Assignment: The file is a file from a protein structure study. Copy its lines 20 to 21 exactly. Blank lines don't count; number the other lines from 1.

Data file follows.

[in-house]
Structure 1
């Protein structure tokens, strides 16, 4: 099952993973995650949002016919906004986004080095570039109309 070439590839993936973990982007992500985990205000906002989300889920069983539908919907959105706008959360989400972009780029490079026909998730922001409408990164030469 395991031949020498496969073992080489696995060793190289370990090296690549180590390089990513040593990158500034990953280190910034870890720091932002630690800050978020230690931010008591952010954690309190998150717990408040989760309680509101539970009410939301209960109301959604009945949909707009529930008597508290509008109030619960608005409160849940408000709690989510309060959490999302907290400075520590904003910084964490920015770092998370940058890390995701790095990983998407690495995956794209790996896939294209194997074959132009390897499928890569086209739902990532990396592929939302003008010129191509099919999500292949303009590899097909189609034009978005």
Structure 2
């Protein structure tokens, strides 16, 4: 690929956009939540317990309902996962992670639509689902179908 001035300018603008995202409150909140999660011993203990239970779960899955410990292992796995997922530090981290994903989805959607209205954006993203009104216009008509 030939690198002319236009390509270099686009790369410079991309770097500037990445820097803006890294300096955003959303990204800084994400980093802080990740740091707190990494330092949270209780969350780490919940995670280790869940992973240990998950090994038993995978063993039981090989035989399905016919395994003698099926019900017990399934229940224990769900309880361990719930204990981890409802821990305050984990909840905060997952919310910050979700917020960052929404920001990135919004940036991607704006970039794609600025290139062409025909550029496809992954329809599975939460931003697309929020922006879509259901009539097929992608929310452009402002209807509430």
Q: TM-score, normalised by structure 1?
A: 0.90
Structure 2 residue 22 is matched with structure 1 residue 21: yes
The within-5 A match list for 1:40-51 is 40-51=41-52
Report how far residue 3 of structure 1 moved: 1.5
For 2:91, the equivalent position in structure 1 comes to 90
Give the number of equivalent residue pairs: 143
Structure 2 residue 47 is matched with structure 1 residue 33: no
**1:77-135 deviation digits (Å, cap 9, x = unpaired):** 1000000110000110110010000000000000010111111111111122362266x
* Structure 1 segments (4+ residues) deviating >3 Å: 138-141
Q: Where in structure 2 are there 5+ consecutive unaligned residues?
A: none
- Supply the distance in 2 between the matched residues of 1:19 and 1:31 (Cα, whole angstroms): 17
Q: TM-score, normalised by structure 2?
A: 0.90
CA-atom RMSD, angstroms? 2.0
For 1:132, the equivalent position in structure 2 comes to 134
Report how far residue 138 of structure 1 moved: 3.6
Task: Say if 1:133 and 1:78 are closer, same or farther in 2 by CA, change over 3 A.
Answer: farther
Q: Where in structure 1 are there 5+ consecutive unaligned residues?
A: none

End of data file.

A: 0.90
CA-atom RMSD, angstroms? 2.0